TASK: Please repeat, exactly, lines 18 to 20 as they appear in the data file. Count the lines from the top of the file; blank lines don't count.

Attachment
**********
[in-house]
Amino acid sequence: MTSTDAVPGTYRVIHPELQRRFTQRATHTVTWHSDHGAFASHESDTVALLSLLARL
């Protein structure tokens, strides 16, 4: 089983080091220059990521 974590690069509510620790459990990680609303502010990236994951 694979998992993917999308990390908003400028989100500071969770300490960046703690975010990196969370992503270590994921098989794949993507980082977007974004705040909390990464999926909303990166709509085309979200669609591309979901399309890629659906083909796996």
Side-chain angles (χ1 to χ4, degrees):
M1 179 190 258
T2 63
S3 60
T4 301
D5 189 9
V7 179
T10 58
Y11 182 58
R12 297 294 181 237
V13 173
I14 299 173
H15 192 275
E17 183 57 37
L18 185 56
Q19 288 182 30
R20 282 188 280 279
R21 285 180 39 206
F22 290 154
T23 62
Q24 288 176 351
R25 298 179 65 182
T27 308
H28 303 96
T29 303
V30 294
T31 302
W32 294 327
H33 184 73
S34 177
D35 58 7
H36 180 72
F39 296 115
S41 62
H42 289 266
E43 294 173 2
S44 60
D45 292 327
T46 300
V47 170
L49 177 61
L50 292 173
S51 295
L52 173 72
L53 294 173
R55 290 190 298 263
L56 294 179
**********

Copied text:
L18 185 56
Q19 288 182 30
R20 282 188 280 279